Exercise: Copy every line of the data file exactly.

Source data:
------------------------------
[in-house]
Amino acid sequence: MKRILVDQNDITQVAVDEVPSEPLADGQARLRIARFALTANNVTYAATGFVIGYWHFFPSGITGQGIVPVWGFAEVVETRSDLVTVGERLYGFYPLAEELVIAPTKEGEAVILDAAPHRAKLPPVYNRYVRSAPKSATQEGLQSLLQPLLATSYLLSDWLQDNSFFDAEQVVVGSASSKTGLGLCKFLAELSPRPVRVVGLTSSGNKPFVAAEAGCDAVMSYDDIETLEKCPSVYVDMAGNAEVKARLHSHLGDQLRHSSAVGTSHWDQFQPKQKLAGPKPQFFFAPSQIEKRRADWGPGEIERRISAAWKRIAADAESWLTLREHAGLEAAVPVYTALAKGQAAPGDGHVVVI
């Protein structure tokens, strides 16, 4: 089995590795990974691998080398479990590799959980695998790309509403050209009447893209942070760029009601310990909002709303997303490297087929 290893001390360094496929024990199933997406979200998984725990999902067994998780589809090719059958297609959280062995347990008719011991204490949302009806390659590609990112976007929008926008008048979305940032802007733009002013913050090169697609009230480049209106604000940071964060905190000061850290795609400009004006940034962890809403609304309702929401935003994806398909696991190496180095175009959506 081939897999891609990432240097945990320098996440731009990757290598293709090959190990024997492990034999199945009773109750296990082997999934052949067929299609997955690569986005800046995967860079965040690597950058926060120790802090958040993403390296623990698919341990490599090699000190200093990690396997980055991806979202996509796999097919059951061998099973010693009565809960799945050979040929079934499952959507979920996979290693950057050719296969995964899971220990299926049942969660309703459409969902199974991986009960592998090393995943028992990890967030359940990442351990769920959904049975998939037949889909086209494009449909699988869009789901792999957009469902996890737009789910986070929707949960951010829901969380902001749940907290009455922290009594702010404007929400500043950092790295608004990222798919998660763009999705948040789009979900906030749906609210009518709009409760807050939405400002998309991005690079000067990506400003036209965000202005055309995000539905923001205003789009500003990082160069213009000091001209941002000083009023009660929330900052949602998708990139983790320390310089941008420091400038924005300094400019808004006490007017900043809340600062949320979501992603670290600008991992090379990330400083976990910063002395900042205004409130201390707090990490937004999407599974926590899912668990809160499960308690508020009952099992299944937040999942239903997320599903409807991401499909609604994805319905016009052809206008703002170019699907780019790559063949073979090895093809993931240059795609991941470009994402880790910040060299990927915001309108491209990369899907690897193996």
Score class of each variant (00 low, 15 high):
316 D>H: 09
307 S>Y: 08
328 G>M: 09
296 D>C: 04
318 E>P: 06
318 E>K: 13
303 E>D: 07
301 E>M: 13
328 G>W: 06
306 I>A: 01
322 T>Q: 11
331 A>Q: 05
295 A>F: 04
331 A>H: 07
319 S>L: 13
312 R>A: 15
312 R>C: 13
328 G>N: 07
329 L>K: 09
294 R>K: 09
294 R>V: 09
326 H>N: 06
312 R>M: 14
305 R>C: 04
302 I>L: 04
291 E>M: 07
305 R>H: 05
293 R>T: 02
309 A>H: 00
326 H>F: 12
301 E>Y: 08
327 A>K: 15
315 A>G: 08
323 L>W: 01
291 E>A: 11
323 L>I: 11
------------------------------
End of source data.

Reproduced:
[in-house]
Amino acid sequence: MKRILVDQNDITQVAVDEVPSEPLADGQARLRIARFALTANNVTYAATGFVIGYWHFFPSGITGQGIVPVWGFAEVVETRSDLVTVGERLYGFYPLAEELVIAPTKEGEAVILDAAPHRAKLPPVYNRYVRSAPKSATQEGLQSLLQPLLATSYLLSDWLQDNSFFDAEQVVVGSASSKTGLGLCKFLAELSPRPVRVVGLTSSGNKPFVAAEAGCDAVMSYDDIETLEKCPSVYVDMAGNAEVKARLHSHLGDQLRHSSAVGTSHWDQFQPKQKLAGPKPQFFFAPSQIEKRRADWGPGEIERRISAAWKRIAADAESWLTLREHAGLEAAVPVYTALAKGQAAPGDGHVVVI
């Protein structure tokens, strides 16, 4: 089995590795990974691998080398479990590799959980695998790309509403050209009447893209942070760029009601310990909002709303997303490297087929 290893001390360094496929024990199933997406979200998984725990999902067994998780589809090719059958297609959280062995347990008719011991204490949302009806390659590609990112976007929008926008008048979305940032802007733009002013913050090169697609009230480049209106604000940071964060905190000061850290795609400009004006940034962890809403609304309702929401935003994806398909696991190496180095175009959506 081939897999891609990432240097945990320098996440731009990757290598293709090959190990024997492990034999199945009773109750296990082997999934052949067929299609997955690569986005800046995967860079965040690597950058926060120790802090958040993403390296623990698919341990490599090699000190200093990690396997980055991806979202996509796999097919059951061998099973010693009565809960799945050979040929079934499952959507979920996979290693950057050719296969995964899971220990299926049942969660309703459409969902199974991986009960592998090393995943028992990890967030359940990442351990769920959904049975998939037949889909086209494009449909699988869009789901792999957009469902996890737009789910986070929707949960951010829901969380902001749940907290009455922290009594702010404007929400500043950092790295608004990222798919998660763009999705948040789009979900906030749906609210009518709009409760807050939405400002998309991005690079000067990506400003036209965000202005055309995000539905923001205003789009500003990082160069213009000091001209941002000083009023009660929330900052949602998708990139983790320390310089941008420091400038924005300094400019808004006490007017900043809340600062949320979501992603670290600008991992090379990330400083976990910063002395900042205004409130201390707090990490937004999407599974926590899912668990809160499960308690508020009952099992299944937040999942239903997320599903409807991401499909609604994805319905016009052809206008703002170019699907780019790559063949073979090895093809993931240059795609991941470009994402880790910040060299990927915001309108491209990369899907690897193996």
Score class of each variant (00 low, 15 high):
316 D>H: 09
307 S>Y: 08
328 G>M: 09
296 D>C: 04
318 E>P: 06
318 E>K: 13
303 E>D: 07
301 E>M: 13
328 G>W: 06
306 I>A: 01
322 T>Q: 11
331 A>Q: 05
295 A>F: 04
331 A>H: 07
319 S>L: 13
312 R>A: 15
312 R>C: 13
328 G>N: 07
329 L>K: 09
294 R>K: 09
294 R>V: 09
326 H>N: 06
312 R>M: 14
305 R>C: 04
302 I>L: 04
291 E>M: 07
305 R>H: 05
293 R>T: 02
309 A>H: 00
326 H>F: 12
301 E>Y: 08
327 A>K: 15
315 A>G: 08
323 L>W: 01
291 E>A: 11
323 L>I: 11